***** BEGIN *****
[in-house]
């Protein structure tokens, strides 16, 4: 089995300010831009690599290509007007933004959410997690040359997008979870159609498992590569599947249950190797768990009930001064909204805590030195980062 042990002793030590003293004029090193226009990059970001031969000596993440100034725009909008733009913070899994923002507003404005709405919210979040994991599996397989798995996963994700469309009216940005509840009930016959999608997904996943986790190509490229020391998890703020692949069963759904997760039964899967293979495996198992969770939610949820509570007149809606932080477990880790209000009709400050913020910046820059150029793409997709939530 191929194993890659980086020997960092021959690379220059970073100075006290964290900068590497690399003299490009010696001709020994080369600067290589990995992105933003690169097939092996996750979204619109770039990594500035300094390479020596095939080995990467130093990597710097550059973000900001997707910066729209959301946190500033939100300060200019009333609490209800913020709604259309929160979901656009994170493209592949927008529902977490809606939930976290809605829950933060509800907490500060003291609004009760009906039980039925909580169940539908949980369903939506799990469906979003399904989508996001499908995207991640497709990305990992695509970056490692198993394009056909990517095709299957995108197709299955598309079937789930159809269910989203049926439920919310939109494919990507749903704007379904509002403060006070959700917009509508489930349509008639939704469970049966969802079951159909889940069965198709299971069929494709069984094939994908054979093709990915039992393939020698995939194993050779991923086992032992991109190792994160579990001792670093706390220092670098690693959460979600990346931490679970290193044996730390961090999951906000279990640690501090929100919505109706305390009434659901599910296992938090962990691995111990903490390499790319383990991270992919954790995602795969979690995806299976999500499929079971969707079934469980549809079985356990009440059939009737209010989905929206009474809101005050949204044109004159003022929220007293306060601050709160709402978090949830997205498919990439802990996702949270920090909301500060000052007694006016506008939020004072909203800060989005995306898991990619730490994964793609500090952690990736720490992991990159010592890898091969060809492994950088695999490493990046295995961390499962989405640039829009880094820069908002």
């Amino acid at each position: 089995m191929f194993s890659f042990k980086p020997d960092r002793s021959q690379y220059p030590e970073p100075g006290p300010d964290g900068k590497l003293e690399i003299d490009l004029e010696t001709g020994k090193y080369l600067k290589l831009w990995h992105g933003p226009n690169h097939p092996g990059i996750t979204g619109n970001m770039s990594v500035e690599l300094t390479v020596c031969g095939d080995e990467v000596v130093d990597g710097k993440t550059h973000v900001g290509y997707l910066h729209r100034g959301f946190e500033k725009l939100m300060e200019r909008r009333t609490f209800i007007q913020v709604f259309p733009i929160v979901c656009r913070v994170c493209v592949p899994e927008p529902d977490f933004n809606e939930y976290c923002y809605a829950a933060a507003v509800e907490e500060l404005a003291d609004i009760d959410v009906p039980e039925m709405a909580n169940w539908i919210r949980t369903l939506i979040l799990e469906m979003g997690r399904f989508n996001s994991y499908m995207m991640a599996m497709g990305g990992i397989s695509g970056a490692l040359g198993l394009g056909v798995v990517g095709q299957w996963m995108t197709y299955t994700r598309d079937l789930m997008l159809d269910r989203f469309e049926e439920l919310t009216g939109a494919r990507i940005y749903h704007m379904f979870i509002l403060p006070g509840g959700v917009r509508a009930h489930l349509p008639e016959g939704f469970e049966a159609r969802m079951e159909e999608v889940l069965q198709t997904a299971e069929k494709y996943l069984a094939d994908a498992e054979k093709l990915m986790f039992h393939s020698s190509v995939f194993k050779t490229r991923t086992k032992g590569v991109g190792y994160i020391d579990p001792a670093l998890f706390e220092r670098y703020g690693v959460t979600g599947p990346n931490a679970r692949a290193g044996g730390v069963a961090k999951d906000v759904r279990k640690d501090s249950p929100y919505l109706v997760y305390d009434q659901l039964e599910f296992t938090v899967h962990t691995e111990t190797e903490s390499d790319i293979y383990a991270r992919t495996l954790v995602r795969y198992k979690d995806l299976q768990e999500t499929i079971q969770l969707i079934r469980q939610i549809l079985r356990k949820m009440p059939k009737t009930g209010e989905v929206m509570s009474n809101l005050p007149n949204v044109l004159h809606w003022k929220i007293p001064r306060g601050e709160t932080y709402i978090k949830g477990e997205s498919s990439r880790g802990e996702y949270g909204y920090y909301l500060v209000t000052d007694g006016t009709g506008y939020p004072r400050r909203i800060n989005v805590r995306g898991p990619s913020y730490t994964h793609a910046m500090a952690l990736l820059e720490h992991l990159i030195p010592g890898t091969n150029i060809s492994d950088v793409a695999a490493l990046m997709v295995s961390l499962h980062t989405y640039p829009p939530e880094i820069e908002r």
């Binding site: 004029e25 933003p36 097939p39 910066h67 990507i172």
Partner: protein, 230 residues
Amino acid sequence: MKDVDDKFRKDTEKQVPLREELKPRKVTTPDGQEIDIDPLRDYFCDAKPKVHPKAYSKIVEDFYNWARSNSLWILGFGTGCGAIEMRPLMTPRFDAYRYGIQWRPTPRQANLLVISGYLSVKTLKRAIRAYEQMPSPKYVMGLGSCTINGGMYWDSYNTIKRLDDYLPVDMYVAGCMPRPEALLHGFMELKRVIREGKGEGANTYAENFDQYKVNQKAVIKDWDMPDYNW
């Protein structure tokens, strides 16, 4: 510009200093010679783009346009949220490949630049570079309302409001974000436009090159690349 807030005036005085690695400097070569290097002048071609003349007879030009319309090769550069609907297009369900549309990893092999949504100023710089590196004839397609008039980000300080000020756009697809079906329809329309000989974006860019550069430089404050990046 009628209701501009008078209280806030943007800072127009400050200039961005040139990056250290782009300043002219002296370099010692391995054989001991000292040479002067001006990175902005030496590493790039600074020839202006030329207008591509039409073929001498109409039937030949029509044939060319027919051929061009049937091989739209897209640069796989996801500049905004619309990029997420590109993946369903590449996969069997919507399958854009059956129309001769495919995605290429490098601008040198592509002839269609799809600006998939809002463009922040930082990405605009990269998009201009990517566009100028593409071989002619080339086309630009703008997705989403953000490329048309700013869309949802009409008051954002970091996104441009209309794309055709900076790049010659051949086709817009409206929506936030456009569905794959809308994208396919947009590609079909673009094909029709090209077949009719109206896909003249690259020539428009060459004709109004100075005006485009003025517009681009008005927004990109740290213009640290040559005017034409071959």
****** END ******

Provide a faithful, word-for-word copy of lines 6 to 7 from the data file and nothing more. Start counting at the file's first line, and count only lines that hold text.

Amino acid sequence: MKDVDDKFRKDTEKQVPLREELKPRKVTTPDGQEIDIDPLRDYFCDAKPKVHPKAYSKIVEDFYNWARSNSLWILGFGTGCGAIEMRPLMTPRFDAYRYGIQWRPTPRQANLLVISGYLSVKTLKRAIRAYEQMPSPKYVMGLGSCTINGGMYWDSYNTIKRLDDYLPVDMYVAGCMPRPEALLHGFMELKRVIREGKGEGANTYAENFDQYKVNQKAVIKDWDMPDYNW
């Protein structure tokens, strides 16, 4: 510009200093010679783009346009949220490949630049570079309302409001974000436009090159690349 807030005036005085690695400097070569290097002048071609003349007879030009319309090769550069609907297009369900549309990893092999949504100023710089590196004839397609008039980000300080000020756009697809079906329809329309000989974006860019550069430089404050990046 009628209701501009008078209280806030943007800072127009400050200039961005040139990056250290782009300043002219002296370099010692391995054989001991000292040479002067001006990175902005030496590493790039600074020839202006030329207008591509039409073929001498109409039937030949029509044939060319027919051929061009049937091989739209897209640069796989996801500049905004619309990029997420590109993946369903590449996969069997919507399958854009059956129309001769495919995605290429490098601008040198592509002839269609799809600006998939809002463009922040930082990405605009990269998009201009990517566009100028593409071989002619080339086309630009703008997705989403953000490329048309700013869309949802009409008051954002970091996104441009209309794309055709900076790049010659051949086709817009409206929506936030456009569905794959809308994208396919947009590609079909673009094909029709090209077949009719109206896909003249690259020539428009060459004709109004100075005006485009003025517009681009008005927004990109740290213009640290040559005017034409071959």